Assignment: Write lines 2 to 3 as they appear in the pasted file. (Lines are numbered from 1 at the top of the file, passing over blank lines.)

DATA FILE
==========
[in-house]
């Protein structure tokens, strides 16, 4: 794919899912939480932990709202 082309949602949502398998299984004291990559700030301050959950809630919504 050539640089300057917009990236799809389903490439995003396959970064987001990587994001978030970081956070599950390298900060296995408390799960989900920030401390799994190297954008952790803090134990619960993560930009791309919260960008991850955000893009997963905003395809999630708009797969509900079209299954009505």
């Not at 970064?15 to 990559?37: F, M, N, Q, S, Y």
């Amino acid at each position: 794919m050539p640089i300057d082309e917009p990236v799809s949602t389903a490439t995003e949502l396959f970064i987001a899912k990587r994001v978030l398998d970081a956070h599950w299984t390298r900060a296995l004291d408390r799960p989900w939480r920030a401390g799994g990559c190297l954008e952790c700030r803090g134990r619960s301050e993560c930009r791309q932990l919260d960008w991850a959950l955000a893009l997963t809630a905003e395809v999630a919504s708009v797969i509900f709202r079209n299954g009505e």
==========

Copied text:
């Protein structure tokens, strides 16, 4: 794919899912939480932990709202 082309949602949502398998299984004291990559700030301050959950809630919504 050539640089300057917009990236799809389903490439995003396959970064987001990587994001978030970081956070599950390298900060296995408390799960989900920030401390799994190297954008952790803090134990619960993560930009791309919260960008991850955000893009997963905003395809999630708009797969509900079209299954009505």
């Not at 970064?15 to 990559?37: F, M, N, Q, S, Y």